[Another post from Sam: libraries and public space on tour—explanation here.]
Here’s a postcard from LA and a few thoughts about learning and public space. With only 24 hours and without my own ride, I could not hit the outlier libraries and little institutions on my LA list. However, the central branch is next door to my hotel. So today’s post stays “local.”
Around libraries and playgrounds, I see lots of public art with an educational bent. The stuff seems easy to do and hard to do well. A classic example of this kind of art is the scale model of something big, like the solar system, which is one of my favorites, actually.
The other end of the spectrum is public art that references learning and knowledge in a more unintelligible, impressionistic way. This generally doesn’t work for me. I have an obsession with learning, so when I see an inscription or a formula engraved on a wall, I’m ready to go further than most artists seem willing to take me. I’d rather you show me a single formula and make me understand it, rather than show me twenty like a decorative wallpaper pattern.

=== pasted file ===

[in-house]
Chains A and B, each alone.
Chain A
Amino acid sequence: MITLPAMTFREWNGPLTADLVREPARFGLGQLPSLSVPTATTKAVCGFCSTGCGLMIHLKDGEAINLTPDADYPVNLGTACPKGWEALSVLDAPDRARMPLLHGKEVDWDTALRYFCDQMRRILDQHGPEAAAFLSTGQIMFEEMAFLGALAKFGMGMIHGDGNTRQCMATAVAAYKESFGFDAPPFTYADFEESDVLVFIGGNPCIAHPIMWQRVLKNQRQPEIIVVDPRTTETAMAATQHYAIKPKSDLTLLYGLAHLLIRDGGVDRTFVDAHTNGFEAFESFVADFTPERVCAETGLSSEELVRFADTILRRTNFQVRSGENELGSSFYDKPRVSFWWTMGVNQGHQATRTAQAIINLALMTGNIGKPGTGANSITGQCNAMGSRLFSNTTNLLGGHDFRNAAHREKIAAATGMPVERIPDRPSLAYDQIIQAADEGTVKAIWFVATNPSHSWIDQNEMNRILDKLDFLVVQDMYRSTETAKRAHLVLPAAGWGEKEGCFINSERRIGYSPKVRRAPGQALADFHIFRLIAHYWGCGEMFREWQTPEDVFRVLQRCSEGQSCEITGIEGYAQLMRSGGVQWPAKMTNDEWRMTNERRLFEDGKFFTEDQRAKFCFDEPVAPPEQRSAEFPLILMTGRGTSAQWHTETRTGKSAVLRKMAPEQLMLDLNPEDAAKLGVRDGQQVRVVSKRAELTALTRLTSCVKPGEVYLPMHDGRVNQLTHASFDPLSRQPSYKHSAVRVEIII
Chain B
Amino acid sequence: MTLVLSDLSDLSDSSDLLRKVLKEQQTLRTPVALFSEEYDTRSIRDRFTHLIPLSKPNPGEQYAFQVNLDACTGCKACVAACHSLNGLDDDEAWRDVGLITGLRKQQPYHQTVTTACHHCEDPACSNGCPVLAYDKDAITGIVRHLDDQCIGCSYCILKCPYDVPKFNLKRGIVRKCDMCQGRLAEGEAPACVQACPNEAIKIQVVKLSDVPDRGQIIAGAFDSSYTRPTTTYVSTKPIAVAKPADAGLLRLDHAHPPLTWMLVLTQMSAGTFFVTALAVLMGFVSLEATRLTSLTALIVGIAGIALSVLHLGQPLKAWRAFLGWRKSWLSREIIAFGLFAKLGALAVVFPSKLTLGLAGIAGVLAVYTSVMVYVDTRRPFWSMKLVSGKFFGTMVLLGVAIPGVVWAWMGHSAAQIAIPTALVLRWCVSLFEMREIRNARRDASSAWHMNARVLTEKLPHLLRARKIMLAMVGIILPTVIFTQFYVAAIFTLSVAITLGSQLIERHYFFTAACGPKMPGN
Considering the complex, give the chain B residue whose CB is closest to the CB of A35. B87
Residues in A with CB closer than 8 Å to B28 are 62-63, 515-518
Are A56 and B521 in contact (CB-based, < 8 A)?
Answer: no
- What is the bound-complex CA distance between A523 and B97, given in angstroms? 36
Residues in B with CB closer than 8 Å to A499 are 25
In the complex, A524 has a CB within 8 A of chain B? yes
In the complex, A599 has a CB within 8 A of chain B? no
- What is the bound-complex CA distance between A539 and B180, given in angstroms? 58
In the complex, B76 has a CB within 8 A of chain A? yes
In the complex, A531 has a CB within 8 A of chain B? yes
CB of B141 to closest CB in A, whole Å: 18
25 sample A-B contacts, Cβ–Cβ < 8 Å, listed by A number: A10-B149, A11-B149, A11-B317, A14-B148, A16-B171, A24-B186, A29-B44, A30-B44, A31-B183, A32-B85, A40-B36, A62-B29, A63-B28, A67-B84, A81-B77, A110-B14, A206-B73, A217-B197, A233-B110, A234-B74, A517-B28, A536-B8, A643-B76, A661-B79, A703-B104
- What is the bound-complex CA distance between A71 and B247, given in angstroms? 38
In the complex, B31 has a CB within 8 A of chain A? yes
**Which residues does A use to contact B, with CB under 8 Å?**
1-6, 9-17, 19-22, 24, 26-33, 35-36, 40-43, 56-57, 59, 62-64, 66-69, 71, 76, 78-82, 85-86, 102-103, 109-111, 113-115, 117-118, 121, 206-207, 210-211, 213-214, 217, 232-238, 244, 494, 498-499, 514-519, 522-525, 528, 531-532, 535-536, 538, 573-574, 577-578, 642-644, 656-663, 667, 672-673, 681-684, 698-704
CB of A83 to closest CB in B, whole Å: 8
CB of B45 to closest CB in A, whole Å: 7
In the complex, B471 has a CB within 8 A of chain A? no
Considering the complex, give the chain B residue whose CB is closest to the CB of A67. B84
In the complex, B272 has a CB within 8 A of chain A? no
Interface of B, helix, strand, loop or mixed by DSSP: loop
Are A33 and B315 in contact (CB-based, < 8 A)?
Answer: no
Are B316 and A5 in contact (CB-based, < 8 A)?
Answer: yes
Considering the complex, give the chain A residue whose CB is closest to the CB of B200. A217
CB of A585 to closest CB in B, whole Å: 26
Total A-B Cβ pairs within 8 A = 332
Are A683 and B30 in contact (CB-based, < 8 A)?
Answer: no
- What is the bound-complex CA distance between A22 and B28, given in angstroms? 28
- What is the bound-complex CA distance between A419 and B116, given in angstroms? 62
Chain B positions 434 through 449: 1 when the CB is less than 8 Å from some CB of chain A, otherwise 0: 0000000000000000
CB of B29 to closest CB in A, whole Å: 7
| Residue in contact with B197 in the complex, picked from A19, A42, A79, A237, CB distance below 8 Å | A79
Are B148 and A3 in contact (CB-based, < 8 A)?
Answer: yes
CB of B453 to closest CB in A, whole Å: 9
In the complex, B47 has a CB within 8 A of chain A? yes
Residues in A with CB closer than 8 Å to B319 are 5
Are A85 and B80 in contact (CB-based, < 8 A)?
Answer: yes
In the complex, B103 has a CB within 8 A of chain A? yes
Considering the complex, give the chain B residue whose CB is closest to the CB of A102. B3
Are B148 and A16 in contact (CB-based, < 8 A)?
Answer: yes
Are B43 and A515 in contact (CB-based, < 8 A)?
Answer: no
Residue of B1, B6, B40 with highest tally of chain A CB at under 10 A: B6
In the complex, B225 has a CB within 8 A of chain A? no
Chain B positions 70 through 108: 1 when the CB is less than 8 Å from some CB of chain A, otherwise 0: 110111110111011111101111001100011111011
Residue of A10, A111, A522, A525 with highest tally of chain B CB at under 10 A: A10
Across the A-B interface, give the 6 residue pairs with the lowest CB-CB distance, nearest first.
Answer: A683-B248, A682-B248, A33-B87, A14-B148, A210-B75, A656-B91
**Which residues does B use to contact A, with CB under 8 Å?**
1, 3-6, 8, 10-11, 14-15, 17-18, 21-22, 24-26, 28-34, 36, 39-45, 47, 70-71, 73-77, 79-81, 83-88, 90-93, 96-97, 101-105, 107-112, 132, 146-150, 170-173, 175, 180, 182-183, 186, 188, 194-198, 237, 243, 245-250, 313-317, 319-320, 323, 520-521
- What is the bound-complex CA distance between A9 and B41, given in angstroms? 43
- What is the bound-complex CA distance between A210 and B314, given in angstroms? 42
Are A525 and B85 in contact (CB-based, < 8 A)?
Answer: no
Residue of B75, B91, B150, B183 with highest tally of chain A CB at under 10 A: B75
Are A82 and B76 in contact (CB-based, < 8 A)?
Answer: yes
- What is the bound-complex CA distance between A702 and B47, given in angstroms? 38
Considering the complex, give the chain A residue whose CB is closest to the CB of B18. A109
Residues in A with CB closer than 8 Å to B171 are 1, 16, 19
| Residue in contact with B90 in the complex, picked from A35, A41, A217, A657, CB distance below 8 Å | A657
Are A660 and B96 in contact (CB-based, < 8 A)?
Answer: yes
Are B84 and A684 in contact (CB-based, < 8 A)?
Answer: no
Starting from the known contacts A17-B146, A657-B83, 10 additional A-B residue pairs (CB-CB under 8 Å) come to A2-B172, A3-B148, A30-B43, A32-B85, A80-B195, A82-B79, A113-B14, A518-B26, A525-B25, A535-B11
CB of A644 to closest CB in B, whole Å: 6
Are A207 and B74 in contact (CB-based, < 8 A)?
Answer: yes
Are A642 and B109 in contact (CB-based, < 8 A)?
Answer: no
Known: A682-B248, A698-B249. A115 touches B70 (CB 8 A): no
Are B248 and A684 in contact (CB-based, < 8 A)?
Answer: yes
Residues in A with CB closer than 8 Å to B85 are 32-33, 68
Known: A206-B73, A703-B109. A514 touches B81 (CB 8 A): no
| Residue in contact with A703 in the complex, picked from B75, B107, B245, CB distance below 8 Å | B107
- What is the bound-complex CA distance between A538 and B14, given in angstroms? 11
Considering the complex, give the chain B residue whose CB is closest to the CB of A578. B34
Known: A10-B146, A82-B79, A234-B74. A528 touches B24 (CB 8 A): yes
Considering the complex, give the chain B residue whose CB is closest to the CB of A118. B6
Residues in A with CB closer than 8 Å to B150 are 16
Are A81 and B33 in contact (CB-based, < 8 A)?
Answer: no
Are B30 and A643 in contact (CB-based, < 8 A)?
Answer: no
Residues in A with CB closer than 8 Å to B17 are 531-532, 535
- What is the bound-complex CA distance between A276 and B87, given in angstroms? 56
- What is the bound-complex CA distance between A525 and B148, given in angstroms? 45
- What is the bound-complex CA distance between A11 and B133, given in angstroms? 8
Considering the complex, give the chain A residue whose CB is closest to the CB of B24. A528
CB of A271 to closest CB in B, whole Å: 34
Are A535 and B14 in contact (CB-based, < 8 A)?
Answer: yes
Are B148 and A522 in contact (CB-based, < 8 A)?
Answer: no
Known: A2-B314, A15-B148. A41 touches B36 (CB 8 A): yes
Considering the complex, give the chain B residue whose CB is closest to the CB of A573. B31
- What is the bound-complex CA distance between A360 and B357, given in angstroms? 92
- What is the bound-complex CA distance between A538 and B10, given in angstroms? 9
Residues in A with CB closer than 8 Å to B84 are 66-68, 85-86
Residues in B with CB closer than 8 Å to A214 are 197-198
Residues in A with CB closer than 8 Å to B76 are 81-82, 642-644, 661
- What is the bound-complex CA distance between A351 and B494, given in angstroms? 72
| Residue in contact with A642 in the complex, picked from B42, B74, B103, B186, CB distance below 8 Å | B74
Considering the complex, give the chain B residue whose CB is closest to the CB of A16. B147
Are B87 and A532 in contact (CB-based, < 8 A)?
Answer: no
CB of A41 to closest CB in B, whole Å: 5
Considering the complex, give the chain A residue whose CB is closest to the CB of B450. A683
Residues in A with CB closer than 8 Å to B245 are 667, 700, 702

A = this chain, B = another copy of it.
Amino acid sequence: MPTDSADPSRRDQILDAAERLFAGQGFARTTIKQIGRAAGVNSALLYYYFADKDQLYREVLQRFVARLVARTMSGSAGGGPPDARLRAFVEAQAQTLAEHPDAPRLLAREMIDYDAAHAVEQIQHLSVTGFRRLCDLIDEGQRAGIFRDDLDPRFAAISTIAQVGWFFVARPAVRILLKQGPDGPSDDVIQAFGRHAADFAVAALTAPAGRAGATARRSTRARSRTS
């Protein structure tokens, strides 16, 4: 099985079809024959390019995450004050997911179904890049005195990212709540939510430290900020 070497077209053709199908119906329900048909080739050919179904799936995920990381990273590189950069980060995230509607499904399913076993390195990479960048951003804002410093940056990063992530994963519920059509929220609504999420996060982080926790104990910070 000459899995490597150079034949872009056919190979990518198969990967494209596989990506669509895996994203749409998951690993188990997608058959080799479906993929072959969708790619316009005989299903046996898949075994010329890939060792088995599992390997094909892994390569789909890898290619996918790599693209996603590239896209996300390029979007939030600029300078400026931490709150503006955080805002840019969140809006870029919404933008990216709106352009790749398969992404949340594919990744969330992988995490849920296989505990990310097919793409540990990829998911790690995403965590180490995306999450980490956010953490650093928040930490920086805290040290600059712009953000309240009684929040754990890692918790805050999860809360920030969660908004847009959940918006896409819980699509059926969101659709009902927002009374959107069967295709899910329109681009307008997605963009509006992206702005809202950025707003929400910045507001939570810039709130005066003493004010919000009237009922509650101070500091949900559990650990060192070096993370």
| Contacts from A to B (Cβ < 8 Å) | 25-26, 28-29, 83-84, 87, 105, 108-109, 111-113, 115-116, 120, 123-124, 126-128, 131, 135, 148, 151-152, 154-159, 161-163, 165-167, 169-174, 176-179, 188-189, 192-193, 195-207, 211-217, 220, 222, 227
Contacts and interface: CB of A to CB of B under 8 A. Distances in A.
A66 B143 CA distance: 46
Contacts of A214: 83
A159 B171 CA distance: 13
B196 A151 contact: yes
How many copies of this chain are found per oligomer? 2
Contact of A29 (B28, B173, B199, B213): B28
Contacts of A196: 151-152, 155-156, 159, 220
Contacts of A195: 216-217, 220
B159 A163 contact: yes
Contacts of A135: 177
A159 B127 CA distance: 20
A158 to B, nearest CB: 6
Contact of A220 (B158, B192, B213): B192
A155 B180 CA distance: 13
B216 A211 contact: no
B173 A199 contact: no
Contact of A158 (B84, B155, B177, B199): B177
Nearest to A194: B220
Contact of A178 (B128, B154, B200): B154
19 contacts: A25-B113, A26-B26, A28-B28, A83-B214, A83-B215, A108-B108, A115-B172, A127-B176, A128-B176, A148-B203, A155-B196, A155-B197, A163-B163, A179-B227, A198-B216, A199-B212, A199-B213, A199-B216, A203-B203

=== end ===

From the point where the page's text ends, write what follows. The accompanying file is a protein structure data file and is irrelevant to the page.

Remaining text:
One of the origins of the Uni is a desire to go deep like that—whether the topic be math, history, or science—and to do it in public space. We think this will support a broader culture of learning and showcase the work of librarians, teachers, and thinkers. Here on the plaza of the LA Library, with so much going on just inside the walls of the library, couldn’t we bring a little more of it to the sidewalk out front? The Uni nods, yes.